I have 6 children, all adults now – 20-34, so I’ve given my share of medicines to kids. Factor in my son having leukemia, and being on treatments for 3 years and 3 months, with a LOT of oral medicines, I’ve gone over the top on the medicine giving experience chart. Sad, but true.
Here are a few tips that I’ve used to get the meds into the kids.
Getting Kids to Take Medicine
Disguise the taste – Most medicines don’t taste very good, and kids are experts at not allowing terrible tasting stuff into their mouths. If you can crush the pill (check with the pharmacy) grape juice concentrate will hide the taste of just about any meds. Use the concentrate straight, not diluted into juice. Mix it on a spoon with the crushed pill. Most kids like grape, and will take this. A small amount of applesauce mixed with the crushed pill will work for some kids. Just remember to keep the amount of grape juice concentrate and applesauce small to make sure the kids get all the medicine.
If they can swallow the pills, or are taking a liquid medicine that tastes bad, a chaser of soda works well to get the taste out of their mouths. My son liked root beer after his medicine. Since we don’t normally drink soda, the kids think this is also a treat. I only give them a very small amount, I use the liquid medicine measuring cups to put the soda in. If soda is not your favorite thing to use, or your kids drink soda regularly, you can try whatever drink they like but don’t get often. Be careful, though, a lot of medicines can’t be taken with dairy, so no chocolate milk.
Practice swallowing pills – If your kids can’t swallow pills very well, you can use mini M & M’s to practice with. If the pills they have to take are bigger, try having them swallow regular M & M’s, or half of one. Of course, reward them for practicing. After they swallow the amount you set, give them a few to eat.
Ready, Set, Go! – Some kids just need lots of encouragement. Maybe a “Ready, Set, Go!” will mentally prepare them to take their medicine. With my youngest I used to count backwards, “10, 9, 8, 7, 6, 5, 4, 3, 2, 1, GO!!” And then he swallowed it.
Reward them – I use a sticker chart to track their progress. A simple piece of paper with their name on it, hung on the fridge works. A sticker for every time they take a medicine. You can decide how often to reward them, and what the reward will be. A young child might need a daily reward, while an older child can be rewarded weekly, or at the end of a 10 day course of medicine.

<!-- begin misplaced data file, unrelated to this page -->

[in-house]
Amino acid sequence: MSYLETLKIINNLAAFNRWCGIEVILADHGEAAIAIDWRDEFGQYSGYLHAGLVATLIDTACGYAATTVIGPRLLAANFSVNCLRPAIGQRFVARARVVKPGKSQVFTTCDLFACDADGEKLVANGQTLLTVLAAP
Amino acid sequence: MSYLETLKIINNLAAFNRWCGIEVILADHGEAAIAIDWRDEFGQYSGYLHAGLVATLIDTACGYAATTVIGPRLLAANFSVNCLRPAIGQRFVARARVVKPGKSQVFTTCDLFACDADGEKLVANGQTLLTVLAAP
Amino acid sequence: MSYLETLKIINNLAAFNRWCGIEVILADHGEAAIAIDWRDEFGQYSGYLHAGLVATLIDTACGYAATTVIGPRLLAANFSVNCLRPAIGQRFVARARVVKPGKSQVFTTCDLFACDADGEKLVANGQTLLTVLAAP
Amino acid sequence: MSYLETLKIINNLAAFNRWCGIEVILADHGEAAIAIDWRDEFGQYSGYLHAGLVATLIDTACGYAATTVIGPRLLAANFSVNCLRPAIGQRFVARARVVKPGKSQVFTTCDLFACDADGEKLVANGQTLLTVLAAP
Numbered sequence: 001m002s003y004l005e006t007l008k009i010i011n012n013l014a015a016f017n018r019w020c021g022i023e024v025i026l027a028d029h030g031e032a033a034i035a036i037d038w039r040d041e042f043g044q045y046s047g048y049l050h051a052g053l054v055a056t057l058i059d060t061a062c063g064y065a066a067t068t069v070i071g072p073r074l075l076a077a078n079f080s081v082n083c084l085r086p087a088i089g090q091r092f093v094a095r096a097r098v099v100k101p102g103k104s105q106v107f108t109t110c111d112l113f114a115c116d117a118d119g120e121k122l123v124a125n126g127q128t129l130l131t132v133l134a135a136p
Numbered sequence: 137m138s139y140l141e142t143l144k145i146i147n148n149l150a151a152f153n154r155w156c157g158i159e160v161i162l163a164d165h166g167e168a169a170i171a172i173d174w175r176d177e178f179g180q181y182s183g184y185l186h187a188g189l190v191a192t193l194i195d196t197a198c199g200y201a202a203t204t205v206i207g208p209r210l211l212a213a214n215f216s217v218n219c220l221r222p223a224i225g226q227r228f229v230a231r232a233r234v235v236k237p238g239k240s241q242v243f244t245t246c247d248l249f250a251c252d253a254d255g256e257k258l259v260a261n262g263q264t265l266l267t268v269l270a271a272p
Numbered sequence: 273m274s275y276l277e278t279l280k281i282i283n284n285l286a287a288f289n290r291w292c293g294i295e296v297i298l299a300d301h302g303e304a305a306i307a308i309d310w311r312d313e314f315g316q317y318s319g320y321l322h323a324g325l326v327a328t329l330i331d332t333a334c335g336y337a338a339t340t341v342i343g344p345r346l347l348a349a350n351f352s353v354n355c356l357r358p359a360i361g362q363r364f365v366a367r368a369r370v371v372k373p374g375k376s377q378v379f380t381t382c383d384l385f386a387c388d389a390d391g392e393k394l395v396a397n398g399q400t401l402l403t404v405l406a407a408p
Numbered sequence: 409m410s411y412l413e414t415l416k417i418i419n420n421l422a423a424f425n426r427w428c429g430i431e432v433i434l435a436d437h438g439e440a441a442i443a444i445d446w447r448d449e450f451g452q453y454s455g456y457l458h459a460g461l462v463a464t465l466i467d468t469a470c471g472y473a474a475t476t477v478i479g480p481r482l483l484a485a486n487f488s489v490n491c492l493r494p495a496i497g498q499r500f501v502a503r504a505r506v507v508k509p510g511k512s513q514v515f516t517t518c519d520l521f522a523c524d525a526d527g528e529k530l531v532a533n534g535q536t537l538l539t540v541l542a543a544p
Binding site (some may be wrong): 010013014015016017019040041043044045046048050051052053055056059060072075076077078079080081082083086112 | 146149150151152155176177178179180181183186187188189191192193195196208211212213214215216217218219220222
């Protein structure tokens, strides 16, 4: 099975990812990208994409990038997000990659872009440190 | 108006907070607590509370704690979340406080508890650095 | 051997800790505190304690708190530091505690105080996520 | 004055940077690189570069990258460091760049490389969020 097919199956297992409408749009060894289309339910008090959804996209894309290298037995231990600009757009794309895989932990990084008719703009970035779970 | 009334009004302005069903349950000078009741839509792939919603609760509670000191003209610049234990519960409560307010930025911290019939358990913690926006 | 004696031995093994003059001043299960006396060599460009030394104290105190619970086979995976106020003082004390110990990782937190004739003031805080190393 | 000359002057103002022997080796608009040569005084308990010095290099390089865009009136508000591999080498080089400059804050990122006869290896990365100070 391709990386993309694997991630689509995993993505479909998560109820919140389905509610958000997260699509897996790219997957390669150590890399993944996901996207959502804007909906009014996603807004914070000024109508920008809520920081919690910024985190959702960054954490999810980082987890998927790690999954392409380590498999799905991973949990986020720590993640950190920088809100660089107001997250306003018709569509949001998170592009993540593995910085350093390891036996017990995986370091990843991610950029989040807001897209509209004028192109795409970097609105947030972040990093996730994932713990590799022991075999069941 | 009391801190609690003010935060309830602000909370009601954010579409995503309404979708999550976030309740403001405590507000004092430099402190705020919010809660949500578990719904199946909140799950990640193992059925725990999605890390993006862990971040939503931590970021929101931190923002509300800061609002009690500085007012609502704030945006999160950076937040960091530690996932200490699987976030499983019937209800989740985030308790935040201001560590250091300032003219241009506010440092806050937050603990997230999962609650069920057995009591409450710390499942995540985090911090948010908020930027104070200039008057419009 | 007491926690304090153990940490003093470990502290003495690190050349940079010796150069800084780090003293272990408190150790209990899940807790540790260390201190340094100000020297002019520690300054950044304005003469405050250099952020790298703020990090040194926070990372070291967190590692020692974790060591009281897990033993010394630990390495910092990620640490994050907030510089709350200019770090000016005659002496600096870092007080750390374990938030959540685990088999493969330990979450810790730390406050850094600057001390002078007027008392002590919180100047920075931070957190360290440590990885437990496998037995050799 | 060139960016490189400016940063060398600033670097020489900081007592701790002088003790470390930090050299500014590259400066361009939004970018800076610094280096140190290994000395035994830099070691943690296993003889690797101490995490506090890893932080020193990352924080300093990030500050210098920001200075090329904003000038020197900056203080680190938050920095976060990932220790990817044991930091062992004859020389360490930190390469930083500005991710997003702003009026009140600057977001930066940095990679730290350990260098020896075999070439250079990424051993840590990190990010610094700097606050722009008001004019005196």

A daily reward could be a board game with you, or a movie/tv show, or video game play. Preferably something they don’t do all day. Or it could be a little prize that you’ve purchased ahead from the dollar store. My son always liked getting a new Hot Wheels car after taking his medicine for a week.
Keeping track of kids medicines can be hard, especially if you have more than one kid taking meds. I’ve been using a chart like the one below for about 10 years. It really is a time and sanity saver to use a medicine chart. Do we really need to torture ourselves by standing at the kitchen counter looking at all the medicine bottles trying to remember who got what when? Been there, done that, and prefer to never do it again!
Here’s the chart that I use. You can print it right from this page if you want.
And here’s how I use it:
I write the name of the child across the top, and the names of the medicines at the top of the columns.
Day 1 you can see I took my temperature, my antibiotic & some Tylenol at 8. You can see what I did at 12, 4 & 8 by following the lines across. At 2, I took only the antibiotic. You can also look at the medicine at the top of the column, and follow it down to see how many times, and when it was taken on that day. That makes it easy to make sure your getting the correct doses in, while also making sure your not exceeding doses of fever reducers.
No more guessing when I gave what medicine, or trying to remember what the last temperature was. This is especially helpful if you have more than one adult giving the medicine.
This is all helpful information on getting your kids to take their medicine. but, really, I hope you never have to use any of it!